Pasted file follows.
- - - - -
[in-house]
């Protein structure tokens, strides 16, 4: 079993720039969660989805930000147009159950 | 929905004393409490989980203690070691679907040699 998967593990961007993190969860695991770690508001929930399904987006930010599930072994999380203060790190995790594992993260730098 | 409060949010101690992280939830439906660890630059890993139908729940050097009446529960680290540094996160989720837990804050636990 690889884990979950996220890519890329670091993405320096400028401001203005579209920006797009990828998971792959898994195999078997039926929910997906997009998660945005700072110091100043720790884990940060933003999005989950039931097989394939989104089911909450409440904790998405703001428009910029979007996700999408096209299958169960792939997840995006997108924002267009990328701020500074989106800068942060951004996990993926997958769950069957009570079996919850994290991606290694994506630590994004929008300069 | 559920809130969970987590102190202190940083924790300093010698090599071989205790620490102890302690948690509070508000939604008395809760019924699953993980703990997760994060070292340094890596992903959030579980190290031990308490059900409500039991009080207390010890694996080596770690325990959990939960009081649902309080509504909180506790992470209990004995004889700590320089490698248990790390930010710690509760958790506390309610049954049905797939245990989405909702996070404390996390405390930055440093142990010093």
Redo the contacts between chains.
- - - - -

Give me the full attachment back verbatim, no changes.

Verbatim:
[in-house]
């Protein structure tokens, strides 16, 4: 079993720039969660989805930000147009159950 | 929905004393409490989980203690070691679907040699 998967593990961007993190969860695991770690508001929930399904987006930010599930072994999380203060790190995790594992993260730098 | 409060949010101690992280939830439906660890630059890993139908729940050097009446529960680290540094996160989720837990804050636990 690889884990979950996220890519890329670091993405320096400028401001203005579209920006797009990828998971792959898994195999078997039926929910997906997009998660945005700072110091100043720790884990940060933003999005989950039931097989394939989104089911909450409440904790998405703001428009910029979007996700999408096209299958169960792939997840995006997108924002267009990328701020500074989106800068942060951004996990993926997958769950069957009570079996919850994290991606290694994506630590994004929008300069 | 559920809130969970987590102190202190940083924790300093010698090599071989205790620490102890302690948690509070508000939604008395809760019924699953993980703990997760994060070292340094890596992903959030579980190290031990308490059900409500039991009080207390010890694996080596770690325990959990939960009081649902309080509504909180506790992470209990004995004889700590320089490698248990790390930010710690509760958790506390309610049954049905797939245990989405909702996070404390996390405390930055440093142990010093």
Redo the contacts between chains.